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James Hansen warns dangerous effects of climate change could hit much sooner than we think

Record high air and water temperatures in the Arctic are threatening walrus and fish at an alarming rate

December 17, 2015 by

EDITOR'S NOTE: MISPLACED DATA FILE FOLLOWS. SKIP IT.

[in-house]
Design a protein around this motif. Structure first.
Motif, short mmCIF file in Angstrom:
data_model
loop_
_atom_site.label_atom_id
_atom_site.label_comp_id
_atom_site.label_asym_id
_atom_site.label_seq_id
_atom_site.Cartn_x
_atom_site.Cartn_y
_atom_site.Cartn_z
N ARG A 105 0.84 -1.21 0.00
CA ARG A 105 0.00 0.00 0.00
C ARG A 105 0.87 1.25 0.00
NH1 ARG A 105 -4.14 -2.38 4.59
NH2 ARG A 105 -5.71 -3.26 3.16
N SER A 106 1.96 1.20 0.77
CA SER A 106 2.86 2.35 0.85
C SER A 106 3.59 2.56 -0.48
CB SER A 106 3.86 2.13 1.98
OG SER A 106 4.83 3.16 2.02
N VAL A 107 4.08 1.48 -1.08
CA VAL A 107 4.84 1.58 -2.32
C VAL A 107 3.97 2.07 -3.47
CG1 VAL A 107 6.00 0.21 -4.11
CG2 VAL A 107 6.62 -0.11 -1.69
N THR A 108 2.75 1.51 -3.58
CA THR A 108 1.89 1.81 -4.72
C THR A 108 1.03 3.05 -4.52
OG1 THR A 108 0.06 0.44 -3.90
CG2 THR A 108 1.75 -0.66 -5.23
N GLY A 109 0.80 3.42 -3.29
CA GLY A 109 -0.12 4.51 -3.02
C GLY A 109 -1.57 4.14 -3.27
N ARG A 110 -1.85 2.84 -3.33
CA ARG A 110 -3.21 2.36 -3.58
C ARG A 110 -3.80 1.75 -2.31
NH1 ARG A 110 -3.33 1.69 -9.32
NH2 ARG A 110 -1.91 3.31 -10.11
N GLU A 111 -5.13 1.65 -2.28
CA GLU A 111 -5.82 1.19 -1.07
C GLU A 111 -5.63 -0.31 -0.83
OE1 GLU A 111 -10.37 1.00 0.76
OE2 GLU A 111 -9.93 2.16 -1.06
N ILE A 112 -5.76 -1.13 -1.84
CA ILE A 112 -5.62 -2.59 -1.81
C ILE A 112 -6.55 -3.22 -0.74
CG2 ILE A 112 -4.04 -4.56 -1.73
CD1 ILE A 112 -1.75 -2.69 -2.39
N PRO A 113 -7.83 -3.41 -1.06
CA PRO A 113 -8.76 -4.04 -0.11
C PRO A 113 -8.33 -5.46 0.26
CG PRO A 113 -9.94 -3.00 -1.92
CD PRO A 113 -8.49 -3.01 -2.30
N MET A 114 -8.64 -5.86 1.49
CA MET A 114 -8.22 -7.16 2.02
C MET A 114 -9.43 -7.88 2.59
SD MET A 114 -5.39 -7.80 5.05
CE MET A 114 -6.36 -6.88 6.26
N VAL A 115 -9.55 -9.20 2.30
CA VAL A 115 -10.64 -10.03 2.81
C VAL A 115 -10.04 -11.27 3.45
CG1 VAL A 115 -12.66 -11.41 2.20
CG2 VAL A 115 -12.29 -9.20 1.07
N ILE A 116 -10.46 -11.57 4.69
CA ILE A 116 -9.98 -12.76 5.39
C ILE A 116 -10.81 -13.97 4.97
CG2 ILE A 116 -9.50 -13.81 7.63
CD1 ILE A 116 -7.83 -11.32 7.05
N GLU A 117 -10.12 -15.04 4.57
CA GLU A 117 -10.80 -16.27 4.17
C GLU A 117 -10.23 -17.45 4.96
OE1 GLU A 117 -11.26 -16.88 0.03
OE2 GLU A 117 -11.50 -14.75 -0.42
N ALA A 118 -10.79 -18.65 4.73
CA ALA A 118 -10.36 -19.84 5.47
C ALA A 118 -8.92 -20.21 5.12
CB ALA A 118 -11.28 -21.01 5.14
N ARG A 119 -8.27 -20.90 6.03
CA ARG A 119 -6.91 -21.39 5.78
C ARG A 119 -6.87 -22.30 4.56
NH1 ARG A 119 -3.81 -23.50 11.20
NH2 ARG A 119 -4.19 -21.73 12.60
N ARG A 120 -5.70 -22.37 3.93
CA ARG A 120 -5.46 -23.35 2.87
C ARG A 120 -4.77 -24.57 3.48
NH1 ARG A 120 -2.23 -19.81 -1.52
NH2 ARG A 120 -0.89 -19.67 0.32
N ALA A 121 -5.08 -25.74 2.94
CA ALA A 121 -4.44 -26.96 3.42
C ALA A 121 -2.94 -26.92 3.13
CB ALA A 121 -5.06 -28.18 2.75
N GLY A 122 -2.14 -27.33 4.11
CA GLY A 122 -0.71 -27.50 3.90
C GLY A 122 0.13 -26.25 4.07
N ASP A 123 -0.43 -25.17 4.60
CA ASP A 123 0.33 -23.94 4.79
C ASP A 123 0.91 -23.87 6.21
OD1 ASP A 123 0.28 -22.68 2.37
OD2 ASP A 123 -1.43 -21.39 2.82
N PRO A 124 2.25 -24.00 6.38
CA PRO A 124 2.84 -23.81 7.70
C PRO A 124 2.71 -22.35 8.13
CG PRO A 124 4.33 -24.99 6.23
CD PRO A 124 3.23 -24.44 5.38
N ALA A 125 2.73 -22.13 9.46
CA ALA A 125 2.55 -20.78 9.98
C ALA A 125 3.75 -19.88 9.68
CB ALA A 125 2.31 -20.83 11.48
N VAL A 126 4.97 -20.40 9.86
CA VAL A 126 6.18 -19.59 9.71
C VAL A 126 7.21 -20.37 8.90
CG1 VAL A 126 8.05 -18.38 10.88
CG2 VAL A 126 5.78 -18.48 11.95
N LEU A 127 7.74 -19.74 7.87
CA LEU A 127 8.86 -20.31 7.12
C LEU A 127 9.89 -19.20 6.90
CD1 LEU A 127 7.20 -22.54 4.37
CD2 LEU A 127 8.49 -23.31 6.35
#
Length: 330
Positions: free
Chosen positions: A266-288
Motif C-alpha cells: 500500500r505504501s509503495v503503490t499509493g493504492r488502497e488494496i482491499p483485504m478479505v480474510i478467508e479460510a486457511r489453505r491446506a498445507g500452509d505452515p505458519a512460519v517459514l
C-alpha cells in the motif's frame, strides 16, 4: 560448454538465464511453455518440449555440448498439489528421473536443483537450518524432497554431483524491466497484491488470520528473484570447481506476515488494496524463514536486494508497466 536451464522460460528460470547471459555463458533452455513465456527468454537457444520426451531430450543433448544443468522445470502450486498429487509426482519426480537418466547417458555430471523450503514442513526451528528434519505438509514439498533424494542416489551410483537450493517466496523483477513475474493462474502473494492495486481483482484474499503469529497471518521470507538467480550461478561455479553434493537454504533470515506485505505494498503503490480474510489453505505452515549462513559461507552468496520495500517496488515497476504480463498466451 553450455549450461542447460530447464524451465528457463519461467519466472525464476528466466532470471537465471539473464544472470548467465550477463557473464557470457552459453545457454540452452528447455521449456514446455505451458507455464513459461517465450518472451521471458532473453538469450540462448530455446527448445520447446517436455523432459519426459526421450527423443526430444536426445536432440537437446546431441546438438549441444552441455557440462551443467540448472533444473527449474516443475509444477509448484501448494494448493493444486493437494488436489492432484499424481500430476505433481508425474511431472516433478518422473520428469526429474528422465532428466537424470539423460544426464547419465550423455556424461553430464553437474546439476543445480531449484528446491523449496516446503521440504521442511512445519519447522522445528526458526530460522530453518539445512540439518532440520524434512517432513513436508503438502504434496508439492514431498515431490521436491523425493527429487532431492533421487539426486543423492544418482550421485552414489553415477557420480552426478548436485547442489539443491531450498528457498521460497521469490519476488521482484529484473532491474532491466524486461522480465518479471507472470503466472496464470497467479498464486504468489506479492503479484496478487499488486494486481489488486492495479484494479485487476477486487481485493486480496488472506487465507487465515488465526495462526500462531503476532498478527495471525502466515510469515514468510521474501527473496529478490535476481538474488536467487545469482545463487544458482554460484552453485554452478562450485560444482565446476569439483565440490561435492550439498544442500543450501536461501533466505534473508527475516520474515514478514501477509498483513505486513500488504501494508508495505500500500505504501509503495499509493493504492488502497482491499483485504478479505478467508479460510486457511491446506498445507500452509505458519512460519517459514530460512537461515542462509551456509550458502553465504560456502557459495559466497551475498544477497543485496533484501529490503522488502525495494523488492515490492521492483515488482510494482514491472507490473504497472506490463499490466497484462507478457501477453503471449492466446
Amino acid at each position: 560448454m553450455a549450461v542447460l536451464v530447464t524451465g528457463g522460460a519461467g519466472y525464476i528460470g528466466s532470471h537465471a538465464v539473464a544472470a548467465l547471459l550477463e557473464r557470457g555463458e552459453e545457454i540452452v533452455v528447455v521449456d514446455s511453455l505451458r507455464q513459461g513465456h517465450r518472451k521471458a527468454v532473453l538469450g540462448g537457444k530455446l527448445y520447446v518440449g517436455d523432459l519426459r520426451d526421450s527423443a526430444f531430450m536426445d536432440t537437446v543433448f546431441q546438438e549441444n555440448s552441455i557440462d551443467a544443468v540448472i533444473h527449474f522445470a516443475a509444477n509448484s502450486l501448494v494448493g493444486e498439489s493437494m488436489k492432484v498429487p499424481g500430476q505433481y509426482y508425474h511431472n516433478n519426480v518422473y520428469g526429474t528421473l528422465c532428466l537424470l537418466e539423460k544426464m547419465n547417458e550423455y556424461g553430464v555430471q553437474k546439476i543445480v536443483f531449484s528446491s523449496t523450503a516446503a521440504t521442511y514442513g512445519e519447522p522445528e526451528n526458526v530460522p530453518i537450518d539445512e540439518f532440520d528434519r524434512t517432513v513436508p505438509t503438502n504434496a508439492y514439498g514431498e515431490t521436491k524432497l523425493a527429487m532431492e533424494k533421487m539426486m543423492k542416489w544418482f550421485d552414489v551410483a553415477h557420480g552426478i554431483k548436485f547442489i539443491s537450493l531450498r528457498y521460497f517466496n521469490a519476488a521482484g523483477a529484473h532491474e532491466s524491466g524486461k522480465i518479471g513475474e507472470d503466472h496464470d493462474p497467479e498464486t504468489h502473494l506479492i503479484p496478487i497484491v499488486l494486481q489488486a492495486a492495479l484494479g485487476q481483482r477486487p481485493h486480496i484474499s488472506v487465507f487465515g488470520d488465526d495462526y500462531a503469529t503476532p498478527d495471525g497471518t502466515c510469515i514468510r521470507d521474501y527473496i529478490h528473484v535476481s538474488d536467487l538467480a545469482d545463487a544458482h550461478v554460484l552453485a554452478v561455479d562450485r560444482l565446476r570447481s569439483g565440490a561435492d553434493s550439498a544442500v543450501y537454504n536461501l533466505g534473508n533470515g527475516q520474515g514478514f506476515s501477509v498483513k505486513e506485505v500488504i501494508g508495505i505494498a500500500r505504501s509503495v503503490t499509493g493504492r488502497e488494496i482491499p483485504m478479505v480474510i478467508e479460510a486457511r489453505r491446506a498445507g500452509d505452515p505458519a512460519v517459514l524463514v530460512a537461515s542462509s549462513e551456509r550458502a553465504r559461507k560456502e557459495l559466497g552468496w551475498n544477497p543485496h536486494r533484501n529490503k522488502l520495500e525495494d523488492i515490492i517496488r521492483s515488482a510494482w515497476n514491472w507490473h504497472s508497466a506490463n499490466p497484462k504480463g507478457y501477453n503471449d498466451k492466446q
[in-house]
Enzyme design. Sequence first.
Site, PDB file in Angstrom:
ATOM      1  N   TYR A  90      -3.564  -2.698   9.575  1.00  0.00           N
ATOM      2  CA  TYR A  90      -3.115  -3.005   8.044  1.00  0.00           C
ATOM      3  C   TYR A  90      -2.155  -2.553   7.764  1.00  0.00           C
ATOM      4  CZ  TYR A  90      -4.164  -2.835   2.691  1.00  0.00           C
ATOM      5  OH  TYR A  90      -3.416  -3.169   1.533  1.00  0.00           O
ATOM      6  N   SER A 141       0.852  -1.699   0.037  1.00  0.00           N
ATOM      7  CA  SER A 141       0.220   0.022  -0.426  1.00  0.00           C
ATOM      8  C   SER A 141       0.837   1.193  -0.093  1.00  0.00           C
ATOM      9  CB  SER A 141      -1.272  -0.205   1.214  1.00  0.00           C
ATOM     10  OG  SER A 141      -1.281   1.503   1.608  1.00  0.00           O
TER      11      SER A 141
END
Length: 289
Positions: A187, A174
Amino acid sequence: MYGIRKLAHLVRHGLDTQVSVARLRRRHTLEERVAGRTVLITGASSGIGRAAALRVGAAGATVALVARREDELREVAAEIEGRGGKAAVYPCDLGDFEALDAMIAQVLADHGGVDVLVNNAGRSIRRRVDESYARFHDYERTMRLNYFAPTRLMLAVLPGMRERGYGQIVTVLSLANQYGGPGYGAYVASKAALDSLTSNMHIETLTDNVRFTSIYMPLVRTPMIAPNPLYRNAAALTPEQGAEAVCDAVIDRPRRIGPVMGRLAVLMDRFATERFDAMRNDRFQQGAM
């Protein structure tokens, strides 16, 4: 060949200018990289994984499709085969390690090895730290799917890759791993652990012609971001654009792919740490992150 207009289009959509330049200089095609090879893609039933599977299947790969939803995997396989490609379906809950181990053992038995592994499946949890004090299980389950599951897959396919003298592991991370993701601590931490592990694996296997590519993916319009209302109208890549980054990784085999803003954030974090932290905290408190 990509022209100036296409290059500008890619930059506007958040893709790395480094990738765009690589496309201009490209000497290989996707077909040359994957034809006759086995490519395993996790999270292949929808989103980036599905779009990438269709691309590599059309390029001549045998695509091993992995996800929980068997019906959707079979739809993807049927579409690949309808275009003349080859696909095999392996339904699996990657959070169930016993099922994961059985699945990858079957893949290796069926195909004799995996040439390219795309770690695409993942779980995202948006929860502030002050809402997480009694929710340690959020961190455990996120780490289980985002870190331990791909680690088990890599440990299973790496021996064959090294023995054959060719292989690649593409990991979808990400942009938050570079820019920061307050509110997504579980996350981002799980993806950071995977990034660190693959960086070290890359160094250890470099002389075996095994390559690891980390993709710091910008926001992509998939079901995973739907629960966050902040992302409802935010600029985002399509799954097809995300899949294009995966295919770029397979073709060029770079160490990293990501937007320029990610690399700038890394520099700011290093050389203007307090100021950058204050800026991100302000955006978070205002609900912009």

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The National Oceanic and Atmospheric Administration (NOAA) reported Tuesday that the Arctic is “warming twice as fast as other parts of the planet.” Arctic temperatures hit a record high this year , more than 2 degrees Fahrenheit warmer than average, with some areas seeing a 2 degree increase over average temps. Scientists say the higher temperatures are drastically changing the habitat of marine life, like walruses, who rely on the sea ice for survival. The melting ice also contributes to rising sea levels around the globe, posing an increased threat to low-lying coastal regions. Logically, warmer air and water temperatures lead to increased ice melting, sending ever more fresh water into the oceans. The NOAA report indicates the largest warming trend is occurring in Chukchi Sea, northwest of Alaska, and Baffin Bay, off the west coast of Greenland. Scientists say Greenland has experienced “extensive” melting over 50 percent of its ice sheet, which leaves ocean water vulnerable to the sun’s rays, resulting in warmer water temperatures. Less ice and warming ocean water pose a threat to the entire ecosystem, with negative impacts on everything from weather to marine life. Related: Greenland’s ice is melting faster than previously thought In particular, NOAA scientists are concerned about fish and walruses. “The decline in sea ice is dramatically changing the habitat for walruses,” the report states, largely because the mammals “traditionally use sea ice for mating, giving birth to young, finding food and shelter from storms and predators.” With less territory to support their livelihoods, walrus are moving to new locales in large numbers. Recently, an estimated 35,000 walruses hauled out (the term for walruses coming out of the water) on a barrier island near Point Lay, Alaska, and other large groups have been spotted through aerial surveys. The large-scale haul outs are problematic to walrus survival, as the overcrowding leads to stampedes that kill calves and increase competition for limited food resources. Via Al Jazeera America and NOAA Images via Corey Accardo, NOAA/NMFS and Dan Pisut, NOAA/Climate.gov